Tuesday, March 8, 2016

Everything for Everything in a Place

Once again, I'm going to be answering a question, and butchering a well known phrase in the process. This week's question is: 
"How do you set the tone for the places that appear in your story do billboards pop up saying enchanted forest or scary circus in Chicago rainy streets of Seattle or do you name them after you see the story. What comes first the city or just a random location and you build from there?" 
Well, over the years I've had a variety of peculiar locations. There was a city built up on the side of a mountain, a town that fell through a rift in the universe, and an underworld that included parts of basically every mythology I could find. On top of those, I've had ordinary cities where less than ordinary things happen.  
What all of these places have in common is that I made them up to suit the needs of the story. As a general rule, I don't use real places because sometimes I need to have a prison on a cliff by a lake, and Seattle or Chicago just aren't delivering.  
An interesting aversion to this is that characters are nearly always from real places. There is a long-running joke that one character will always be from Wilkes-Barre, Pennsylvania, going back to a script based on a short story, based on a Breaking Benjamin song. I haven't used that in a little while, but there's always the potential to bring it back.  
The point is, if my plot needs a creepy town in which to take place, I'll create a creepy town. If I need a city large enough to have an arena and host a gubernatorial rally, I'll create that too. A lot of them are based on or inspired by actual places. This is helpful for things like basic layout, population, and climate. I'll just picture it in my head, rearrange some things, and give it a new name.  
I'm now going to tell you the story of a particular town, in a particular story, because it's kind of a weird tale. Above, I mentioned a town that fell through a rift in the universe. This town was called McClellan, and it really existed. Apparently. At some point. It appears in my 1922 atlas, and nowhere else. Situated somewhere between Coeur d'Alene and Post Falls, Idaho, it seems to have dropped not only off the map, but also off the world. So who is to say that it didn't fall through a rift to another dimension?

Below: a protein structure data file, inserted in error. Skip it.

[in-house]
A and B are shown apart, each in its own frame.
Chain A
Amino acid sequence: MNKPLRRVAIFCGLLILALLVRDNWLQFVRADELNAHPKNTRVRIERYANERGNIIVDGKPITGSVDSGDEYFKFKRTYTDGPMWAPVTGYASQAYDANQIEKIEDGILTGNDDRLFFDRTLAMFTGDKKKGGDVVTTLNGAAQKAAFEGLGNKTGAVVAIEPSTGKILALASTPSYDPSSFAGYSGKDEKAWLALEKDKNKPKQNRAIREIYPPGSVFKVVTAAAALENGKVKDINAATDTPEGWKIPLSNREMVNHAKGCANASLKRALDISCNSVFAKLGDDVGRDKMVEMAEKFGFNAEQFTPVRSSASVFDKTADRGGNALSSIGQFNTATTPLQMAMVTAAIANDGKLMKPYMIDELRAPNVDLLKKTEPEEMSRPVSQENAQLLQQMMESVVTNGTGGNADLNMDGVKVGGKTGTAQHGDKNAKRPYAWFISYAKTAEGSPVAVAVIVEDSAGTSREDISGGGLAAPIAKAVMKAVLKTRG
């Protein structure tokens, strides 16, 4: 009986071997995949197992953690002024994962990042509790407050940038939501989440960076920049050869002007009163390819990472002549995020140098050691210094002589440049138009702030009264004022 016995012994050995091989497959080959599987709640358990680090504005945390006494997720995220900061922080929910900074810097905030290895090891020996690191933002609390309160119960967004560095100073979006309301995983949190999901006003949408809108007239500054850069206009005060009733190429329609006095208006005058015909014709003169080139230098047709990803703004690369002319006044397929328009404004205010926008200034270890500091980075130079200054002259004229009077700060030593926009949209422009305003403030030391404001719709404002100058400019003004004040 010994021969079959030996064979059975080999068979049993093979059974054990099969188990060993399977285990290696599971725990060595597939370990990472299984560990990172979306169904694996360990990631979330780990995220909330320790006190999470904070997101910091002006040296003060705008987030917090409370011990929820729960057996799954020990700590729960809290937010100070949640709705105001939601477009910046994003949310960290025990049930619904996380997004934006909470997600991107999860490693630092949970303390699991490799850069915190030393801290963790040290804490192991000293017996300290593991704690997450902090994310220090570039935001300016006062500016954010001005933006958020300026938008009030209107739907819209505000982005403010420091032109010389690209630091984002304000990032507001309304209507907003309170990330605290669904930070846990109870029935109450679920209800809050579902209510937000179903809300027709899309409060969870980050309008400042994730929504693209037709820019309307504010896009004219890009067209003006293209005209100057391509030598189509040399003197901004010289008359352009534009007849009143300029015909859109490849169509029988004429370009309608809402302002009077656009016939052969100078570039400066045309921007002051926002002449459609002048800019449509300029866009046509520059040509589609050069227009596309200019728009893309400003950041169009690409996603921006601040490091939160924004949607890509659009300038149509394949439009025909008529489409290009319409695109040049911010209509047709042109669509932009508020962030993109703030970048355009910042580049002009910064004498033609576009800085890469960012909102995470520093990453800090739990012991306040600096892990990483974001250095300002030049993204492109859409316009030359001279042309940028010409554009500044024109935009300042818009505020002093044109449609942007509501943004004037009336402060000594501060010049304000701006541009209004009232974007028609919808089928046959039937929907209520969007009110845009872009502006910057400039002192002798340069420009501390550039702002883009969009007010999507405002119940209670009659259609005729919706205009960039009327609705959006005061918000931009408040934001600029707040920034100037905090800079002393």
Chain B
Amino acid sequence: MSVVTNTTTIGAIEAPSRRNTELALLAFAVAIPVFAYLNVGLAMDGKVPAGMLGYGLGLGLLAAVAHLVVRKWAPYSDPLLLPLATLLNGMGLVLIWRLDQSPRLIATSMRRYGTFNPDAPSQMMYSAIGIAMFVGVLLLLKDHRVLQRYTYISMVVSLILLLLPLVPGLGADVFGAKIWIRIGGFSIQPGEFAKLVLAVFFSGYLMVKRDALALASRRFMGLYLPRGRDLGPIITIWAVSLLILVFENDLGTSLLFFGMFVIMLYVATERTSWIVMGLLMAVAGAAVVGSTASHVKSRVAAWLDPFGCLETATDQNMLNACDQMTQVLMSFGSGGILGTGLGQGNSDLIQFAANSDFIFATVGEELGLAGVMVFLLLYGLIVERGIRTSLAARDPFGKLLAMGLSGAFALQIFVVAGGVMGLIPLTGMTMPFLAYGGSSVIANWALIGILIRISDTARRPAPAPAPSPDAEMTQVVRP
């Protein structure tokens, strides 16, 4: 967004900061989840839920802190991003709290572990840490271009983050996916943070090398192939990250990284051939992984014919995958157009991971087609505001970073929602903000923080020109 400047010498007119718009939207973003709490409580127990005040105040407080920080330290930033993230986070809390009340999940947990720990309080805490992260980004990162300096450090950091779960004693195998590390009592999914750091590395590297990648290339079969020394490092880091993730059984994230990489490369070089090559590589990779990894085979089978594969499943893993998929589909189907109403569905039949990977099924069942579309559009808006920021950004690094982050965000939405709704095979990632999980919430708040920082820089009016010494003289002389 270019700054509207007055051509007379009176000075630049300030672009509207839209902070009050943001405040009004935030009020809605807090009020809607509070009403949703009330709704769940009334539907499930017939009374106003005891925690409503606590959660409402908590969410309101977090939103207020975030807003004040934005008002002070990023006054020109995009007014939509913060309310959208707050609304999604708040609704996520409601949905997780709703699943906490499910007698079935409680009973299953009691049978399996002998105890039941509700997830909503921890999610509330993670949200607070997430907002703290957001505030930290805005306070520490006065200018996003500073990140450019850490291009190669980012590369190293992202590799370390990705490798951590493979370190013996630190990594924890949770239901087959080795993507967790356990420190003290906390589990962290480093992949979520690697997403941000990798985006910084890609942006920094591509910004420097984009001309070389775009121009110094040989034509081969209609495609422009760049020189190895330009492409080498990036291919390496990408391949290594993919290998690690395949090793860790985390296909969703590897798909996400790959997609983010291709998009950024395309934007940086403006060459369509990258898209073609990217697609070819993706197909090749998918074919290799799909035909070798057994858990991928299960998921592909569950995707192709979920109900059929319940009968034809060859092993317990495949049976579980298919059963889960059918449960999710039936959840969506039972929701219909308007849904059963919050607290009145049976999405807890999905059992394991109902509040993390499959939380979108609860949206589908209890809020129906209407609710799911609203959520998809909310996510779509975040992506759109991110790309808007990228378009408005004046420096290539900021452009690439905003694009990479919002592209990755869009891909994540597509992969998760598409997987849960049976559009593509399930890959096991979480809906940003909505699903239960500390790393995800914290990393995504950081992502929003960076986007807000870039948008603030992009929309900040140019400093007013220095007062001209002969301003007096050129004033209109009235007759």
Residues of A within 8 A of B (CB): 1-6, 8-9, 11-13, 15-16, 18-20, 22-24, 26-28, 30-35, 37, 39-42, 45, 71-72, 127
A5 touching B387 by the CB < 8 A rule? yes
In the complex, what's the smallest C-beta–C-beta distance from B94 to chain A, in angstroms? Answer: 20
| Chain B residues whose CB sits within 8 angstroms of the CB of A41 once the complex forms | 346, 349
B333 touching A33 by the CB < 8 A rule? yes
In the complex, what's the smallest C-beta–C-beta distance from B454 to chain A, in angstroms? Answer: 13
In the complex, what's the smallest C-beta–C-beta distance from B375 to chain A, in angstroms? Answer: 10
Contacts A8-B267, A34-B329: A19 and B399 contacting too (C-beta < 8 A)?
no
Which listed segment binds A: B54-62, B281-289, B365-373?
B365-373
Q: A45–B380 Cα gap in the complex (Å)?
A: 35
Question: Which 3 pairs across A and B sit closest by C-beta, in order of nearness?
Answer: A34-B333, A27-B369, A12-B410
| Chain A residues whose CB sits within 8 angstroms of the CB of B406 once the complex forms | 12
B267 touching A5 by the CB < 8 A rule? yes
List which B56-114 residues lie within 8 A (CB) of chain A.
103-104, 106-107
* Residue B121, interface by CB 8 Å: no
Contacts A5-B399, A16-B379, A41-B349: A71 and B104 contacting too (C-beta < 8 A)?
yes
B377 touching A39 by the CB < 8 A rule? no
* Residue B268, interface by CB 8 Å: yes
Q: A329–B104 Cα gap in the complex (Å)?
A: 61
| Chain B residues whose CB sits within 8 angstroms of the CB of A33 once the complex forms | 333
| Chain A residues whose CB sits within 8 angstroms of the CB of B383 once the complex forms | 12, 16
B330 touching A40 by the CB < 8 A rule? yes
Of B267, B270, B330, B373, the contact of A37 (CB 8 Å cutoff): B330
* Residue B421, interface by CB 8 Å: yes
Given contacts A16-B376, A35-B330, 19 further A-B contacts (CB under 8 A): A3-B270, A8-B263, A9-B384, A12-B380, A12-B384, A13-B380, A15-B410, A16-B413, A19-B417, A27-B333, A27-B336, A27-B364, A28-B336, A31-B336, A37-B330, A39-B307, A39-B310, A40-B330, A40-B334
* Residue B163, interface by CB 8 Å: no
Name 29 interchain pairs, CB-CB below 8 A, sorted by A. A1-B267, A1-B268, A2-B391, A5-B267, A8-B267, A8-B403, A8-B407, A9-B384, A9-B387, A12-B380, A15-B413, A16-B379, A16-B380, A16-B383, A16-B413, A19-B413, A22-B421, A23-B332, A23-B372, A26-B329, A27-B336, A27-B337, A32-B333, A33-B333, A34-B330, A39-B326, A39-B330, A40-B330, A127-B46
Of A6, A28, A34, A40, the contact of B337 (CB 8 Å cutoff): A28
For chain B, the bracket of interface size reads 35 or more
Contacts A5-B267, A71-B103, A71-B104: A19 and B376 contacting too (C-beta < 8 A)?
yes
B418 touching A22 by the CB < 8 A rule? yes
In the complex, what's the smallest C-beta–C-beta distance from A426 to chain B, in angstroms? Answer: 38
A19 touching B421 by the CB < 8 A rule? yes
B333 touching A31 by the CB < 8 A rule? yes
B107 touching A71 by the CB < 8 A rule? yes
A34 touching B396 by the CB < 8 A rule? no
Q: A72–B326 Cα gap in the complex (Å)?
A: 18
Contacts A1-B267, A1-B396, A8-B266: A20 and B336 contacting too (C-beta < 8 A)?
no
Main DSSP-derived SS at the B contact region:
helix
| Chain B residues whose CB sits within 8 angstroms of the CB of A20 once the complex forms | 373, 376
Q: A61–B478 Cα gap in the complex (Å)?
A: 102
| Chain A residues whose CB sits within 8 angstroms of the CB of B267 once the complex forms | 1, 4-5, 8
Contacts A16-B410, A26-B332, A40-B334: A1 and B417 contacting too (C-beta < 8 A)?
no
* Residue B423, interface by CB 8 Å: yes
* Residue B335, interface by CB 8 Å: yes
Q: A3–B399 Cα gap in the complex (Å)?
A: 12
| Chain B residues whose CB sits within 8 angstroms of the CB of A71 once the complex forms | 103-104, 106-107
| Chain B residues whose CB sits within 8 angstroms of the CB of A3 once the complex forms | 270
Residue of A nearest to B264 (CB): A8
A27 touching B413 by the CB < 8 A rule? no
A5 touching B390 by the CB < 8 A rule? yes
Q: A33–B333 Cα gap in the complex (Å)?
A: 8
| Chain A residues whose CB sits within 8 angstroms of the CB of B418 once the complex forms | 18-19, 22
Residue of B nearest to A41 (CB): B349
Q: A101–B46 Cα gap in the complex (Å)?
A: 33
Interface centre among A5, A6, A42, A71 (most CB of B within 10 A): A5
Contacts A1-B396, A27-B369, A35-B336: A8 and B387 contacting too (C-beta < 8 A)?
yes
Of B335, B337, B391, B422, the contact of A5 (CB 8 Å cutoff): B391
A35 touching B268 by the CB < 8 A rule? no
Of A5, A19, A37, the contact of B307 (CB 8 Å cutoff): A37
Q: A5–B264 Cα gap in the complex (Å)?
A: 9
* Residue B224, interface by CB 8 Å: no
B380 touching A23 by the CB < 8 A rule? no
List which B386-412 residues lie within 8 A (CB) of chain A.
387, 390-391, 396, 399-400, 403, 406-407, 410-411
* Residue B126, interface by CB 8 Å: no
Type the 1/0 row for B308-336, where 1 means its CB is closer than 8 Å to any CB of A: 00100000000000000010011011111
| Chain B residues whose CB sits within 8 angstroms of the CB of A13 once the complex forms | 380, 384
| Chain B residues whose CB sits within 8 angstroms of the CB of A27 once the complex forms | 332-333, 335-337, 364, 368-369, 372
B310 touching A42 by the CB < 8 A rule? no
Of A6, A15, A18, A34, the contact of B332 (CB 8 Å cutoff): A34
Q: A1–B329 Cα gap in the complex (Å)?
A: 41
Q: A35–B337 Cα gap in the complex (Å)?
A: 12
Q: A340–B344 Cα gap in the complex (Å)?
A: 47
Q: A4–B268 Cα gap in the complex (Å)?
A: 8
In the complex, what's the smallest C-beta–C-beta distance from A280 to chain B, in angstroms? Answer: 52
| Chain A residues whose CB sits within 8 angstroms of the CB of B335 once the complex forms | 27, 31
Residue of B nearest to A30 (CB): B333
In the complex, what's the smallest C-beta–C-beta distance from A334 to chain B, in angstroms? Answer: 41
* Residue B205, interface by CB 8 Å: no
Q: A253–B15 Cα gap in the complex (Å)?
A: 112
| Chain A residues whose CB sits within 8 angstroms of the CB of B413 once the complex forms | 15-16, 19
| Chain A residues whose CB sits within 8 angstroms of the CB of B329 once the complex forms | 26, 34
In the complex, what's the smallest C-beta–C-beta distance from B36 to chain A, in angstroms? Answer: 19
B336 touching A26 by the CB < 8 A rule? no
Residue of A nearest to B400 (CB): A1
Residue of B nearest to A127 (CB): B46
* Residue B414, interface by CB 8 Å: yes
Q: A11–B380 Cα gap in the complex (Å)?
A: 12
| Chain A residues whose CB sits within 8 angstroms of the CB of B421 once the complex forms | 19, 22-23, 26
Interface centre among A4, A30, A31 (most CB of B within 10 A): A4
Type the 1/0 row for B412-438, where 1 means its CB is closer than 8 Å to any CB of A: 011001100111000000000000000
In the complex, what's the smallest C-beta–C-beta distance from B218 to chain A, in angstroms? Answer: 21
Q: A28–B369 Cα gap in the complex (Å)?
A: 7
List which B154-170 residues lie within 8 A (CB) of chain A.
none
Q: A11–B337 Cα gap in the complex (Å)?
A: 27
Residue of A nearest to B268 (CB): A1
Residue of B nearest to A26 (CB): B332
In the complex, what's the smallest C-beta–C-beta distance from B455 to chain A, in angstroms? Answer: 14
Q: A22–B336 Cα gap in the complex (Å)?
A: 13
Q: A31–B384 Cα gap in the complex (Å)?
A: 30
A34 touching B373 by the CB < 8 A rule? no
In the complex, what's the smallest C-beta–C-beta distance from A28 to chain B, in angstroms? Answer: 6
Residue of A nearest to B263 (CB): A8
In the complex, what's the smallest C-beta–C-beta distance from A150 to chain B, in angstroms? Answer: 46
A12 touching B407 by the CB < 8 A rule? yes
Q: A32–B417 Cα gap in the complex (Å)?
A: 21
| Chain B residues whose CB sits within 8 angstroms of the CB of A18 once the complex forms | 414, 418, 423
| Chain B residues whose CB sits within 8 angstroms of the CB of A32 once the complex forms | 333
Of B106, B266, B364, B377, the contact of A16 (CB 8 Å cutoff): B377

I actually turn to that atlas a lot to find town names that are no longer used, because half the time I'm terrible at naming places. I get so caught up in finding the perfect name that it just goes unnamed for half the story. I'll put in a little placeholder like [city] that I can replace later on.  
I feel like I'm really getting off track here. I guess the point of all of this is that I usually created a town, or a city, or whatever, to suit my needs. Although, the "creepy circus" mentioned in the question was the setting for my attempt at a Young Adult novel, The Midnight Carnival, and I definitely had that setting in mind before I figured out what the hell that story was about. It's about a circus, as it turns out, not a carnival, but the name sounded better that way.  
Does that answer the question? At all?  
As always, feel free to ask questions about any part of this madness I call a writing process. Yes, all of you. You can post anonymously or just with a name if you don't want to log in anywhere. 

1 comment:

  1. Gotham is fairly New York inspired, yet has a mostly dark and gritty "city that never sleeps" atmosphere. Metropolis could also be a New York stand-in but instead the hopeful, "big apple" attitude rings strong. Locations are almost characters in their own right and as such are usually an amalgam of traits from real places. An outdated atlas... is quite clever...